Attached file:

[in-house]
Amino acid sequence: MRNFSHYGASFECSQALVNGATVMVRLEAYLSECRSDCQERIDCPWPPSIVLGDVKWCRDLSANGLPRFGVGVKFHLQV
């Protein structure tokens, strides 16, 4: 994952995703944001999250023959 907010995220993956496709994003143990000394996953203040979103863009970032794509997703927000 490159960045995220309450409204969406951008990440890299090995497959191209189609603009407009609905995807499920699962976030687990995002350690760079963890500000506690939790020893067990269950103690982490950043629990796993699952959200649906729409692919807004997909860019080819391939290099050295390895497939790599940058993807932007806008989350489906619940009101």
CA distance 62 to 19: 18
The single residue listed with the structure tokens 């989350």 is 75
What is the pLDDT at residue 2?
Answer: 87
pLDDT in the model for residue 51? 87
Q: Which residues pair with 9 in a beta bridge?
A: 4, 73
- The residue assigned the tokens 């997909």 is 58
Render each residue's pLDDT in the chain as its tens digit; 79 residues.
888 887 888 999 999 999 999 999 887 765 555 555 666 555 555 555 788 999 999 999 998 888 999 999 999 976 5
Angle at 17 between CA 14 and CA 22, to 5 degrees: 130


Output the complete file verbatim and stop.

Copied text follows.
[in-house]
Amino acid sequence: MRNFSHYGASFECSQALVNGATVMVRLEAYLSECRSDCQERIDCPWPPSIVLGDVKWCRDLSANGLPRFGVGVKFHLQV
């Protein structure tokens, strides 16, 4: 994952995703944001999250023959 907010995220993956496709994003143990000394996953203040979103863009970032794509997703927000 490159960045995220309450409204969406951008990440890299090995497959191209189609603009407009609905995807499920699962976030687990995002350690760079963890500000506690939790020893067990269950103690982490950043629990796993699952959200649906729409692919807004997909860019080819391939290099050295390895497939790599940058993807932007806008989350489906619940009101």
CA distance 62 to 19: 18
The single residue listed with the structure tokens 């989350």 is 75
What is the pLDDT at residue 2?
Answer: 87
pLDDT in the model for residue 51? 87
Q: Which residues pair with 9 in a beta bridge?
A: 4, 73
- The residue assigned the tokens 């997909």 is 58
Render each residue's pLDDT in the chain as its tens digit; 79 residues.
888 887 888 999 999 999 999 999 887 765 555 555 666 555 555 555 788 999 999 999 998 888 999 999 999 976 5
Angle at 17 between CA 14 and CA 22, to 5 degrees: 130